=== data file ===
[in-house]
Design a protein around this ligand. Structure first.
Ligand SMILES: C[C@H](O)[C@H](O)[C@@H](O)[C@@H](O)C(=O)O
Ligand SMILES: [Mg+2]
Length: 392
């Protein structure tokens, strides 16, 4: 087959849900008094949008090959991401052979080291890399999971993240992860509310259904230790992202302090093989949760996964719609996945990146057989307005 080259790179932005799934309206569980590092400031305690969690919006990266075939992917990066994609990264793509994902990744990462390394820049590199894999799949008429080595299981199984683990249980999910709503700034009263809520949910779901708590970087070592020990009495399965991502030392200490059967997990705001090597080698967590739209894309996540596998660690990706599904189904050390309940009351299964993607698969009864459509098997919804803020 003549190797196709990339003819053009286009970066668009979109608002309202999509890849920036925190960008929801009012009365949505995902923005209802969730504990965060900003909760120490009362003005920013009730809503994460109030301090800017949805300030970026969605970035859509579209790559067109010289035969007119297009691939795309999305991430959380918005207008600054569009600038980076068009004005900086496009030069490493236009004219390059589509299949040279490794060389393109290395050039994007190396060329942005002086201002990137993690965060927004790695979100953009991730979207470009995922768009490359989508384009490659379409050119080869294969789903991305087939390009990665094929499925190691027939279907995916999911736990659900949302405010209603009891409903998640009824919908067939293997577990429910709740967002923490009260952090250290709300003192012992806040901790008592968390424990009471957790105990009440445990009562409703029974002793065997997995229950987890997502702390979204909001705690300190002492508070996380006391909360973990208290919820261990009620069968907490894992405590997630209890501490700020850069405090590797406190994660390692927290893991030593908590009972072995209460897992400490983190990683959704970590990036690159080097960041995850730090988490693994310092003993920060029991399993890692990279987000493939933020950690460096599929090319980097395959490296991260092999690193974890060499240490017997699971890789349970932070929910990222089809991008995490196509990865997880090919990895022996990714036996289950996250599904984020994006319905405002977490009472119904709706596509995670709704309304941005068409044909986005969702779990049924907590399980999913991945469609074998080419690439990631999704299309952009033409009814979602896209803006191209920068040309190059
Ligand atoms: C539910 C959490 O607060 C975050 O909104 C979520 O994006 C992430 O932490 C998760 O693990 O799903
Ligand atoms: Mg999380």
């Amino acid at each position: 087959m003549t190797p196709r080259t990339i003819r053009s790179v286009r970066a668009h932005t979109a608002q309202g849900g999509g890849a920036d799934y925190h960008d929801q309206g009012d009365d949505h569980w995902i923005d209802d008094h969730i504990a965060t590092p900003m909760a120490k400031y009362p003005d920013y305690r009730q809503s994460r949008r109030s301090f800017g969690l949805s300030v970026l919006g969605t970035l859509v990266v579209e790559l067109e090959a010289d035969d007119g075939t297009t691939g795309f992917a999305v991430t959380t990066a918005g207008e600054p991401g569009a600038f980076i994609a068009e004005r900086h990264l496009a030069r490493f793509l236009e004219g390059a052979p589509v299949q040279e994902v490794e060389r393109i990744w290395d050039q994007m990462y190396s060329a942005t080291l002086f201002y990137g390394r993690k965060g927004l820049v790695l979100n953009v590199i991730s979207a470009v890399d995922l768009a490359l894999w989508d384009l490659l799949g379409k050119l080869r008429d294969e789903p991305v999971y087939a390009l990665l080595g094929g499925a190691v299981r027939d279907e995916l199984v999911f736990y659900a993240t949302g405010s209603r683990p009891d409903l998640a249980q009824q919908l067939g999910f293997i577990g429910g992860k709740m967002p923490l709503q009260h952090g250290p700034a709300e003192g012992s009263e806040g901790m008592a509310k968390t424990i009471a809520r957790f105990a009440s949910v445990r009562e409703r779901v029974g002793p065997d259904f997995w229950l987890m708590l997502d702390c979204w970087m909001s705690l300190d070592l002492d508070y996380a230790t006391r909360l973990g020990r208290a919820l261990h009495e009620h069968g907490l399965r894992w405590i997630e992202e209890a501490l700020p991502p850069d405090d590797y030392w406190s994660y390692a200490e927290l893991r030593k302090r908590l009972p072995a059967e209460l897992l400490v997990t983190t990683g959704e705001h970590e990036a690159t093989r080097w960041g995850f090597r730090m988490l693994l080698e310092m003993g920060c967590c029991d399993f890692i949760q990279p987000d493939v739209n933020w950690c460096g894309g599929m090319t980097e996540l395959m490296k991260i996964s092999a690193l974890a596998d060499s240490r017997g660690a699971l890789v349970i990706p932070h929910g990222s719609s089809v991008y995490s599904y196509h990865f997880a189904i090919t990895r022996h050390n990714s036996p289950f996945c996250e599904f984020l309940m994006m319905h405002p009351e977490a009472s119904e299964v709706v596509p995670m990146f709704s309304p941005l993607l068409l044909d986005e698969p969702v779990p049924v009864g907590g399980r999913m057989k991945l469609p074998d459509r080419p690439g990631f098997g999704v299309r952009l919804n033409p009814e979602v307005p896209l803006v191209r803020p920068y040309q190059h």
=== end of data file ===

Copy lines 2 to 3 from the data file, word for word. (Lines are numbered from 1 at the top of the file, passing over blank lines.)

Design a protein around this ligand. Structure first.
Ligand SMILES: C[C@H](O)[C@H](O)[C@@H](O)[C@@H](O)C(=O)O